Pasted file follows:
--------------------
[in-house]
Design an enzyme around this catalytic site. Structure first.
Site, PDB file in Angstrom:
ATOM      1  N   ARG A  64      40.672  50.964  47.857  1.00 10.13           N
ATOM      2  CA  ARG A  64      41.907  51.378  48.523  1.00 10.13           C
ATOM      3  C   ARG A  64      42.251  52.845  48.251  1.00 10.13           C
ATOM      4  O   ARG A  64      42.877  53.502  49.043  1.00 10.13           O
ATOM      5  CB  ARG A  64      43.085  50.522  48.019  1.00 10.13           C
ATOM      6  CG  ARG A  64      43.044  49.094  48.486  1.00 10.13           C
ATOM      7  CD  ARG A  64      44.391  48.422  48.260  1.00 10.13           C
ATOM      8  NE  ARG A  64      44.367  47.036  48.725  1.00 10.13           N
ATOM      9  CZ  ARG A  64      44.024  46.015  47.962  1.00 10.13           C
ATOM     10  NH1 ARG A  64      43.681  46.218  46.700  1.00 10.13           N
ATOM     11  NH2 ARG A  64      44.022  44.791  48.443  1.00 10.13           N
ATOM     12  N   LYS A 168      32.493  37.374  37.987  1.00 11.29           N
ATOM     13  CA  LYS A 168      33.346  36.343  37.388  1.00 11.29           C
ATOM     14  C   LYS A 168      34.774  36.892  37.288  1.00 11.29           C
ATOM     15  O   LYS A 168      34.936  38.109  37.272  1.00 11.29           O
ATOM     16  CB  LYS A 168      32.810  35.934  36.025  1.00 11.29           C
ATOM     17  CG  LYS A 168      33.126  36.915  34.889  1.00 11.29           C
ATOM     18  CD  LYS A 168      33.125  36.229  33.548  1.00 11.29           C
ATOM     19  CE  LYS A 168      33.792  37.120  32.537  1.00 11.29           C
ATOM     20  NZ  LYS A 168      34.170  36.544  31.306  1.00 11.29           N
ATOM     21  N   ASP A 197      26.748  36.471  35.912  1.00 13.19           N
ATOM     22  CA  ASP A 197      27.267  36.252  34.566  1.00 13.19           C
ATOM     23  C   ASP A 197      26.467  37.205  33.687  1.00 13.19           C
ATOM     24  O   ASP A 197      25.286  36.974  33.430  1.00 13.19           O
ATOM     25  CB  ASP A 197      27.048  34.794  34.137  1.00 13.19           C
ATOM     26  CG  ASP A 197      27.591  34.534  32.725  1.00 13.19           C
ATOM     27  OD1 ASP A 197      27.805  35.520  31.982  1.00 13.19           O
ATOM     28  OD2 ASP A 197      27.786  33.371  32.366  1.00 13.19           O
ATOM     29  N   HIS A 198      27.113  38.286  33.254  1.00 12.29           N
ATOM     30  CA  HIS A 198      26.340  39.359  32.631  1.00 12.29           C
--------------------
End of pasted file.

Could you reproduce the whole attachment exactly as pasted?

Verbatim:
[in-house]
Design an enzyme around this catalytic site. Structure first.
Site, PDB file in Angstrom:
ATOM      1  N   ARG A  64      40.672  50.964  47.857  1.00 10.13           N
ATOM      2  CA  ARG A  64      41.907  51.378  48.523  1.00 10.13           C
ATOM      3  C   ARG A  64      42.251  52.845  48.251  1.00 10.13           C
ATOM      4  O   ARG A  64      42.877  53.502  49.043  1.00 10.13           O
ATOM      5  CB  ARG A  64      43.085  50.522  48.019  1.00 10.13           C
ATOM      6  CG  ARG A  64      43.044  49.094  48.486  1.00 10.13           C
ATOM      7  CD  ARG A  64      44.391  48.422  48.260  1.00 10.13           C
ATOM      8  NE  ARG A  64      44.367  47.036  48.725  1.00 10.13           N
ATOM      9  CZ  ARG A  64      44.024  46.015  47.962  1.00 10.13           C
ATOM     10  NH1 ARG A  64      43.681  46.218  46.700  1.00 10.13           N
ATOM     11  NH2 ARG A  64      44.022  44.791  48.443  1.00 10.13           N
ATOM     12  N   LYS A 168      32.493  37.374  37.987  1.00 11.29           N
ATOM     13  CA  LYS A 168      33.346  36.343  37.388  1.00 11.29           C
ATOM     14  C   LYS A 168      34.774  36.892  37.288  1.00 11.29           C
ATOM     15  O   LYS A 168      34.936  38.109  37.272  1.00 11.29           O
ATOM     16  CB  LYS A 168      32.810  35.934  36.025  1.00 11.29           C
ATOM     17  CG  LYS A 168      33.126  36.915  34.889  1.00 11.29           C
ATOM     18  CD  LYS A 168      33.125  36.229  33.548  1.00 11.29           C
ATOM     19  CE  LYS A 168      33.792  37.120  32.537  1.00 11.29           C
ATOM     20  NZ  LYS A 168      34.170  36.544  31.306  1.00 11.29           N
ATOM     21  N   ASP A 197      26.748  36.471  35.912  1.00 13.19           N
ATOM     22  CA  ASP A 197      27.267  36.252  34.566  1.00 13.19           C
ATOM     23  C   ASP A 197      26.467  37.205  33.687  1.00 13.19           C
ATOM     24  O   ASP A 197      25.286  36.974  33.430  1.00 13.19           O
ATOM     25  CB  ASP A 197      27.048  34.794  34.137  1.00 13.19           C
ATOM     26  CG  ASP A 197      27.591  34.534  32.725  1.00 13.19           C
ATOM     27  OD1 ASP A 197      27.805  35.520  31.982  1.00 13.19           O
ATOM     28  OD2 ASP A 197      27.786  33.371  32.366  1.00 13.19           O
ATOM     29  N   HIS A 198      27.113  38.286  33.254  1.00 12.29           N
ATOM     30  CA  HIS A 198      26.340  39.359  32.631  1.00 12.29           C